Arguments in opposition to the Legalization of Prostitution
While there have been numerous suggestions supporting legalizing prostitution as a means stopping unlawful sex trafficking, in my opinion, is not the best idea. In fact, it does the opposite; it encourages further illicit trafficking by making traded sex legal, more available and viewed less harshly. It is vital to mention that prostitution is just a small part of sex trafficking. Sex trafficking entails traffickers selling women, especially under-aged girls for sex, slavery, pornography, drug peddling, etc. Women who are trafficked to other countries become slaves of their owners, doing everything required of them and having no freedom of choice. The pimps benefit from selling them and their services. Women who engage in prostitution, on the other hand, have been compelled to do so due to their various circumstances, such as poverty. This implies that if they had a choice, they would not engage in such activities. Besides, such women only sell their sex services and not their whole being. This makes it impossible for legalized prostitution to provide a solution for illicit sex trafficking. This is because, prostitutes, especially those who are older than twenty five, would not be suitable candidates for sex trafficking not only because of their age but also because they would not be willing to be sold as slaves to others for financial gain.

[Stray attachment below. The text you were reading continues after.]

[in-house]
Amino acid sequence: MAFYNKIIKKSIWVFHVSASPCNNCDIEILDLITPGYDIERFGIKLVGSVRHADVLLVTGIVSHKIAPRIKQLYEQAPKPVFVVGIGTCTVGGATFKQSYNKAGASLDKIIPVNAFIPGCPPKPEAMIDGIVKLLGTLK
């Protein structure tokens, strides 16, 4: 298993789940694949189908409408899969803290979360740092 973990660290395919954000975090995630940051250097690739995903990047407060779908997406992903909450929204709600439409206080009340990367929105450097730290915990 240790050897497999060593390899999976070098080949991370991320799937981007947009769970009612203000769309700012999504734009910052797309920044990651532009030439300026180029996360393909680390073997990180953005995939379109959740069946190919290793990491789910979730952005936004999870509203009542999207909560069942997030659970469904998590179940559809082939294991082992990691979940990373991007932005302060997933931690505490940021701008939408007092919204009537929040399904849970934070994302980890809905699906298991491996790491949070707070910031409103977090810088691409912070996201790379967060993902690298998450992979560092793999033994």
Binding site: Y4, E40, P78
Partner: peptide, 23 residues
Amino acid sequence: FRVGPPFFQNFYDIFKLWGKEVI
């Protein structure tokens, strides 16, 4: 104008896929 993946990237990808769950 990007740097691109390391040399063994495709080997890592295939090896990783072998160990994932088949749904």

According to Hughes, legalizing prostitution permits women to become legitimate commodities. Commoditization of women not only consigns them to become second-class citizens, but also normalizes the idea of a person being the property of somebody else. This not only tramples on the rights and freedoms of the women involved but also devalues them. Besides, it is the money involved in prostitution that drives women into the business, but in trafficking, it is the pimps who gain financially. As mentioned earlier, the illicit sex industry targets under-aged girls who are easy to manipulate; this makes most old prostitutes unqualified. This means that the pimps would still source for under-aged girls and sell them illegally; thus, the industry will still persist. The argument that legalizing prostitution promotes sex trafficking is backed by the research done by International Organization for Migration, which found that there was an increase in the number of victims being trafficked into the Netherlands following a lift in the ban of brothels in that country. Nearly 70% of trafficked women in the Netherlands come from Central and Eastern European countries. While the intention of legalizing prostitution was to end the exploitation of hopeless immigrant women who were trafficked for prostitution, the act instead, increased the trade.